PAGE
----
Disclose or Report
Disclosing or Reporting Sexual Violence
If you have been affected by sexual violence or harassment, contact the Sexual Violence Prevention and Support Centre. We will explain your options under the University’s Policy on Sexual Violence and Sexual Harassment, and help you understand what the process may involve.
Understanding the Difference
The University of Toronto’s Policy on Sexual Violence and Sexual Harassment distinguishes between a disclosure and a report of sexual violence or harassment.
Disclosing or reporting are separate decisions that result in different levels of response or action by the University.
Disclosure: Telling a Member of the University Community about an Incident of Sexual Violence
- Disclosure is simply sharing your experience of sexual violence. A disclosure does not launch any kind of formal process, and it does not have to include significant or specific detail.
- You can disclose to anyone – a friend or fellow student, colleague, faculty member, staff member, teaching assistant. You can also disclose to the Centre.
- When you disclose to the Centre, we will make available support and services, and can discuss whether counselling, access or referrals to medical services, and academic and other accommodations may be appropriate. You do not have to make a report to access these services.
- A disclosure does not lead to a report unless you want it to.
Report: Telling a Designated Member of the University Community about an Incident of Sexual Violence to Initiate a Formal Process
- To initiate a formal process, such as a disciplinary process through the University, a report must be made.
- A report includes specific details of what happened, when, where and who was involved.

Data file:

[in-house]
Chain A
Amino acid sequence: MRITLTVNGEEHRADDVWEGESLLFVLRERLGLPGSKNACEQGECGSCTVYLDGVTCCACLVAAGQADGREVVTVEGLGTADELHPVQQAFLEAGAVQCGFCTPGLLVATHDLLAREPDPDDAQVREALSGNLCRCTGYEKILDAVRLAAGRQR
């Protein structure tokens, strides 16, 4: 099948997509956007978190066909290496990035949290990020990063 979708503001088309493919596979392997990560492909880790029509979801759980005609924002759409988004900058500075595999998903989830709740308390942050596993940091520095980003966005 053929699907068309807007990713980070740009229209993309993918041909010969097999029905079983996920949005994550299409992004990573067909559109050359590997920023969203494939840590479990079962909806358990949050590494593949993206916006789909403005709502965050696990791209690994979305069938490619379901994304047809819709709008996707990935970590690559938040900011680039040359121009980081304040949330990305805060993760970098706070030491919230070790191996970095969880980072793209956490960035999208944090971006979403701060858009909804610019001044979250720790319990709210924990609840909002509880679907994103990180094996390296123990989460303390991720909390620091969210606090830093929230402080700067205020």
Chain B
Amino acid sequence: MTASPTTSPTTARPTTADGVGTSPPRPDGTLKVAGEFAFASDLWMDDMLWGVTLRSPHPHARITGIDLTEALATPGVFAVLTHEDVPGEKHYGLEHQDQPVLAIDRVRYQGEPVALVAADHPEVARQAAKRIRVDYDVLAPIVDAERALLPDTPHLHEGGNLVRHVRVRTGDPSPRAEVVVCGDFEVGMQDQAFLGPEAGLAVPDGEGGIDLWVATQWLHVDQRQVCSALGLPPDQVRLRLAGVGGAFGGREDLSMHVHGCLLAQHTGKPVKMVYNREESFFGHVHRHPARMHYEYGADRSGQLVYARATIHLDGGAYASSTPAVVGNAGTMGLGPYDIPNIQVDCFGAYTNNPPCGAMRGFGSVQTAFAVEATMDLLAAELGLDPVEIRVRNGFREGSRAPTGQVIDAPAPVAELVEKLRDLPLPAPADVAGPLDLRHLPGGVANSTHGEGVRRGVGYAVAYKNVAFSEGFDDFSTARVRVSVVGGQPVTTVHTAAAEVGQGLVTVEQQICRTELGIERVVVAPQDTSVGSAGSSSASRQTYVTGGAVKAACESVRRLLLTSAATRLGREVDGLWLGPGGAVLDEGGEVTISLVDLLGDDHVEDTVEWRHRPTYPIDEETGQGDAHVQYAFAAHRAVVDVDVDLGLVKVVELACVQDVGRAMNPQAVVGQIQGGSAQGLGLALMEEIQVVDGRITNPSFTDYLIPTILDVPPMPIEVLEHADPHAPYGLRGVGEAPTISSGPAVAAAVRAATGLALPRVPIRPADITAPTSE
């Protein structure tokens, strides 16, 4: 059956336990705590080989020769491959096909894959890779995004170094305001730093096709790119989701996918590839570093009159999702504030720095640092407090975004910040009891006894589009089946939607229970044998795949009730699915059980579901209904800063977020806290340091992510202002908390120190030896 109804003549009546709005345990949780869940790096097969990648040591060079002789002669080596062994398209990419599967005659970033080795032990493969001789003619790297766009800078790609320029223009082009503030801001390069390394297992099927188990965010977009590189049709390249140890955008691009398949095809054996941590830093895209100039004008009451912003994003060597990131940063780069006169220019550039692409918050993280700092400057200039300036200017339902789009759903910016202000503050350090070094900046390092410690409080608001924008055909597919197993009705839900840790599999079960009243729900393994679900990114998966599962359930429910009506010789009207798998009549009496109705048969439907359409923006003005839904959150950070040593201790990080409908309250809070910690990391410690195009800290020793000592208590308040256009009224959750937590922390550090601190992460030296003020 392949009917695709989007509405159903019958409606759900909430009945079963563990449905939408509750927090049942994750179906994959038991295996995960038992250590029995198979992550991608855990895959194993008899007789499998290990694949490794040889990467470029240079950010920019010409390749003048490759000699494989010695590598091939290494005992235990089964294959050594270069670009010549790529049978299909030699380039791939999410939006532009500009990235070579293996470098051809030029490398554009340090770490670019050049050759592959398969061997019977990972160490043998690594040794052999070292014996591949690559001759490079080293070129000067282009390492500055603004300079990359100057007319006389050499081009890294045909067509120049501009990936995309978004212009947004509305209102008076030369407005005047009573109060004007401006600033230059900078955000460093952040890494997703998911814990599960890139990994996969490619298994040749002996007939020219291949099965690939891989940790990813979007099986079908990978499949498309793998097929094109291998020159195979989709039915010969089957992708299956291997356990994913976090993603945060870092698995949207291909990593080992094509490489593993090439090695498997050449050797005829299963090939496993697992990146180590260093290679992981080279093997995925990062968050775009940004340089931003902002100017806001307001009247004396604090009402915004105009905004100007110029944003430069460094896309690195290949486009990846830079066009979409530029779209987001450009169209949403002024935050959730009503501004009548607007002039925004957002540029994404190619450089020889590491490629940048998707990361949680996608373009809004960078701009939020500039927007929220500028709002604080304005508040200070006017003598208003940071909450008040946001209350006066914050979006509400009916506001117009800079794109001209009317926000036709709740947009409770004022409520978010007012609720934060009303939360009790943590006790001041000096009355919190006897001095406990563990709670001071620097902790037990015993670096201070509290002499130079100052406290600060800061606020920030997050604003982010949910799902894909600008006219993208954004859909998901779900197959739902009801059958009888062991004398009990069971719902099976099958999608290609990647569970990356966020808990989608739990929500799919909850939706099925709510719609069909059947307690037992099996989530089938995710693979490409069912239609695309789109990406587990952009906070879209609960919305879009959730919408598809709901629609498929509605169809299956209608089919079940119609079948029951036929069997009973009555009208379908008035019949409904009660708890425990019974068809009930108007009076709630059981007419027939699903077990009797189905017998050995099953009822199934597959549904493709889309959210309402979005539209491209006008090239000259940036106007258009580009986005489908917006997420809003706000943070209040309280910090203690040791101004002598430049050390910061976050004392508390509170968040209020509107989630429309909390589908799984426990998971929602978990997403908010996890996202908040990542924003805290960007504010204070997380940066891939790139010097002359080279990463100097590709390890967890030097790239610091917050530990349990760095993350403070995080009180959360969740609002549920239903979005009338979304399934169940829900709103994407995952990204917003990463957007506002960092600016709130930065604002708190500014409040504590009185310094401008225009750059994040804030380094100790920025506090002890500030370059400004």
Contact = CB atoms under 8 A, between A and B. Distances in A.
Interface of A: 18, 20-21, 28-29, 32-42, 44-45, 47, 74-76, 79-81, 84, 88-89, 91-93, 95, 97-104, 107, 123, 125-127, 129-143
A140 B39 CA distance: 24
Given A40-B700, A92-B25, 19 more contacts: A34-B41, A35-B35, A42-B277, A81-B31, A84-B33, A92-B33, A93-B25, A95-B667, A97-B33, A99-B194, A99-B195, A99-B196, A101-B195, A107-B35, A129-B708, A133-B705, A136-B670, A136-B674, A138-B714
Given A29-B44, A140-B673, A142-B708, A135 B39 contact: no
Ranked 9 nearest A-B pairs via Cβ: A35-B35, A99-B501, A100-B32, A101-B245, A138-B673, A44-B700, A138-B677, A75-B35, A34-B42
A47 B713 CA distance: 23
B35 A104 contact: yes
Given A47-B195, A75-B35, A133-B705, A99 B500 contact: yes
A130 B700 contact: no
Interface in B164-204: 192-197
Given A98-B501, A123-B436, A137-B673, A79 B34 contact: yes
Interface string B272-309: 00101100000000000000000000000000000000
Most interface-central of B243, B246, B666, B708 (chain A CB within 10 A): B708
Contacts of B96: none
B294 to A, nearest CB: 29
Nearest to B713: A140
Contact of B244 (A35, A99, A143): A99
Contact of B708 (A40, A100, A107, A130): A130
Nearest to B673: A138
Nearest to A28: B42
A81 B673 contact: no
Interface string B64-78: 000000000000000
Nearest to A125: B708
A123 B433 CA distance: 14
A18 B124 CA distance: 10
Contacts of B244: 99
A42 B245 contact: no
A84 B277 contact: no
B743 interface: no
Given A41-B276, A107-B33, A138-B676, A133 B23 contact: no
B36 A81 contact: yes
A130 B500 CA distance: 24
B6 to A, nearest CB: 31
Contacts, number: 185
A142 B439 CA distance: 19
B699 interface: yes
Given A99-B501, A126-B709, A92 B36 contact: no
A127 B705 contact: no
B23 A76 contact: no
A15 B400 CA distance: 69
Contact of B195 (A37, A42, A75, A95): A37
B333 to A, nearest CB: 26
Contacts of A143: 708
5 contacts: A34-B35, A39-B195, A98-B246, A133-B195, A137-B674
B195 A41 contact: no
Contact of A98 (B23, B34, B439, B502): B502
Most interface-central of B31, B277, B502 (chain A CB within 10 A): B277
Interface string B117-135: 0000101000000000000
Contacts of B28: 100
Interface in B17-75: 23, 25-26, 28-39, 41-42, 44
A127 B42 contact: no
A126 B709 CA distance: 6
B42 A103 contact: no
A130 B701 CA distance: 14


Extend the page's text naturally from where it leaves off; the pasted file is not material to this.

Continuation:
- You can report an incident of sexual violence to the University through the Centre.
- Reporting to the Centre about an incident involving a member of the University community may trigger an independent internal investigation or other process that can ultimately result in academic or workplace accommodations, suspension, expulsion, or other forms of disciplinary action. The University may impose interim measures to keep the complainant and the respondent separate, such as:
- Changes to class, academic or work schedules
- Changes to residence accommodations
- Other measures provided for under the Code of Student Conduct, collective agreements, employment agreements, or human resources policies, depending on whether the respondent is a student, staff, or faculty member
- To report an incident of sexual violence to the University, contact the Centre.
- It is up to you whether, when, how, and to which body you want to report an incident of sexual violence. You may want to seek independent legal advice as part of your decision-making process.
- If you are an employee of the University of Toronto and are represented by a union, you have the right to be accompanied by a Union representative at any stage of the process.
- You also have the option to make a report to Campus Police and local police.
- A report made to the police is separate from a report made to the University.
- Reporting to Campus or local police may trigger a police investigation and may result in criminal proceedings.
- If Campus Police receives a report they will also inform the Centre that a report of sexual violence has been made.
- You can speak to the Centre, Campus Police or review this website to learn more about reporting to the police.